So the book was fast-paced indeed, side-slipping the daily grind of survival but then I felt it got too complicated and twisted, although it was an easy read.  I particularly enjoyed trying to guess places mentioned and was amused the bother of poor English was bypassed by using a sort of creole dialect. It was interesting about highlighting Dog-Fights in Guyana as I hadn't realised this could be a big thing but clashed a bit with the overall theme of the spiders planning to wipe out the dogs when they got to rule..likewise cloudy was how Daisy, the dog the teens befriended, ended up in the Dog-fight pit.
I felt the writer tried to be innovative...mixing local myths with Greek ones, or rather a Greek one and throwing in a touch of science-fiction for good measure, while locating the story in Guyana.

Monday, January 2, 2017


This was chosen as my Old Year's Night film simply because the video shop had slim pickings ...Queen of Katwe not yet out.  I must have been in a cloud as I had my nose deep in books during the whole hoohah with the Snowden scandal, coming soon after Wikileaks and mixed up in my mind with the abominably-treated Manning youth.  While I appreciate the dangers that operatives would have been exposed to in 'the field'; on the whole I welcome an airing of Big Brother techniques if only so that those on their supposedly high moral horses can see that they are no better than those they are purporting to judge!

I thought the film tried to be fair and give voice to poor Mr Snowden whose life got tumbled up, following his revelations of the extent to which we are all electronically tracked.  I remember seeing a 60 minutes clip about how certain key words can be picked up and investigated but didn't realise the extent of the gross invasion of privacy until being interested enough to follow through with Mr Snowden's interview in Citizenfour on You Tube.  So yes, great to have readily accessible information but bad that at anytime someone can have access to the fact that I viewed it and extrapolate God Knows What from that information.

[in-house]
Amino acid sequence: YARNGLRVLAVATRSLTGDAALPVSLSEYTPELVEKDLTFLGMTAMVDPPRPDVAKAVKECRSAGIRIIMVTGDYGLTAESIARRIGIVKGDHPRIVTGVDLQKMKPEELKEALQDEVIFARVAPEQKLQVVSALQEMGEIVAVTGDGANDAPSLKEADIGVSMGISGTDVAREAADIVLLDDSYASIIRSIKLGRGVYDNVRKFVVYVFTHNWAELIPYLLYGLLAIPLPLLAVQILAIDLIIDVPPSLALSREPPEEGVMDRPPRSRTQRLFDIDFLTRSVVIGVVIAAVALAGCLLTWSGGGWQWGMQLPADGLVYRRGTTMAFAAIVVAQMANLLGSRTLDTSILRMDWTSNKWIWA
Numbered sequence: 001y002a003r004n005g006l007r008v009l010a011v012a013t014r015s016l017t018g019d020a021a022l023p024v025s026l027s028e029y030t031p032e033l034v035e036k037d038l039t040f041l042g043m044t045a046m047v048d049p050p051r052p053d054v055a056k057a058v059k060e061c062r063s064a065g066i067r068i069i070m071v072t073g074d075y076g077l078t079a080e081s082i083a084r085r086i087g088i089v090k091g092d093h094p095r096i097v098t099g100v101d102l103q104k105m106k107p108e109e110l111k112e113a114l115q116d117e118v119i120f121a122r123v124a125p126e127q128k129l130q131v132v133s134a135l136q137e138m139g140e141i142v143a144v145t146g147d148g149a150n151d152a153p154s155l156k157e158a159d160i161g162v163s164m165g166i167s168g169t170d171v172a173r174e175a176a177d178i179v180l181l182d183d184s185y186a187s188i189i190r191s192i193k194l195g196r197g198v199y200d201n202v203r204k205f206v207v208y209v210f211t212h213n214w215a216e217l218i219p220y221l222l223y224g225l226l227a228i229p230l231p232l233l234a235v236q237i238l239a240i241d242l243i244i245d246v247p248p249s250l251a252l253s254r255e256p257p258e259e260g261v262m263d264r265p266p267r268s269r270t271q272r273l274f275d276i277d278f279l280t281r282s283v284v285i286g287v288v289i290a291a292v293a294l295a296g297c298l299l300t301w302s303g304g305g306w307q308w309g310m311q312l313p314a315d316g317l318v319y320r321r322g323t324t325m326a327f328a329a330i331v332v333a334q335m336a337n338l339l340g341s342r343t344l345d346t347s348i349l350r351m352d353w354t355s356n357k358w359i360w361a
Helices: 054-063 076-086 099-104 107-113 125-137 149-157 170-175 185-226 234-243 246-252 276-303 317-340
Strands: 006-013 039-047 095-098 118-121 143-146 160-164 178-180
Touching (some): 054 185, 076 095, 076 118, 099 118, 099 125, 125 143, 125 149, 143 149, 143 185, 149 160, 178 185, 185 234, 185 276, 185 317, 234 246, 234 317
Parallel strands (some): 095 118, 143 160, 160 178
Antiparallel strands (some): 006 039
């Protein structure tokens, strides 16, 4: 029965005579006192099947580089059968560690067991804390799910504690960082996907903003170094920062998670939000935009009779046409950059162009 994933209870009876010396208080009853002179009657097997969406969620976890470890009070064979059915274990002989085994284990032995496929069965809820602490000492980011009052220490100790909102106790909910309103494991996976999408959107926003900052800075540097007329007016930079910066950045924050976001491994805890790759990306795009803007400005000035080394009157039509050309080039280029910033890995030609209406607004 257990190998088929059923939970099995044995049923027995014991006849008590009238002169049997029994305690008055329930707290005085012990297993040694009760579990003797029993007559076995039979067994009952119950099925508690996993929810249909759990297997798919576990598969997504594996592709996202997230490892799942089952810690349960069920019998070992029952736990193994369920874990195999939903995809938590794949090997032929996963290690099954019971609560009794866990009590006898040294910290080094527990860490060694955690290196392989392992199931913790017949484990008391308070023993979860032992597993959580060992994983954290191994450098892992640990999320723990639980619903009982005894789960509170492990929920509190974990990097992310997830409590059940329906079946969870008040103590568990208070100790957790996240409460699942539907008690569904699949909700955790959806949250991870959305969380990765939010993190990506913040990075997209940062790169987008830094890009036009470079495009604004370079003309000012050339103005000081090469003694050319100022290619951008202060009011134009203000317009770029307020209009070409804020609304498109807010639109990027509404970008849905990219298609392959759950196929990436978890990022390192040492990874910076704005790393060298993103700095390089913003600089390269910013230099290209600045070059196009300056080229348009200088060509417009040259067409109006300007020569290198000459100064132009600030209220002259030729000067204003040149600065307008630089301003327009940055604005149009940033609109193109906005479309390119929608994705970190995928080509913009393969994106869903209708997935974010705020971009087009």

Mr Snowden was portrayed as someone who believed in his leaders until he got in there and saw it was not subject to rigourous checks and balances - with innocent people as collateral - rather like the policewoman in Whistleblower and his concern was that if it got out of hand, the machinery would be too big to stop.  I came to the conclusion he was a brave, intelligent person and am sorry some view him as a traitor as in the first 40 minutes of Citizenfour, when he handed the documents over to responsible journalists, he did tell them to try and not endanger other people lives with their revelations; and thought what a shame it was that the US could not find a 'slot'/position to use him as part of a check + balance system.  Pretty similar to where we are heading here now- no explicit criticism allowed.
As it was, I was surprised that he managed to hold interviews for several days in a hotel room in Hong Kong, assuming he was still using his passport to travel and check in.

Ironically, today a news item came out that Donald Trump was of the opinion that really important things should be hand-delivered by courier!  We really come to full circles eventually!  I think this must be the first thing that I have read about Trump that indicates he has a smidgen of common sense.

Here is a prescient observation: http://on.msnbc.com/2dEJrrz
There is a part when he comments about the ignorance of  civic knowledge leading to the loss of democracy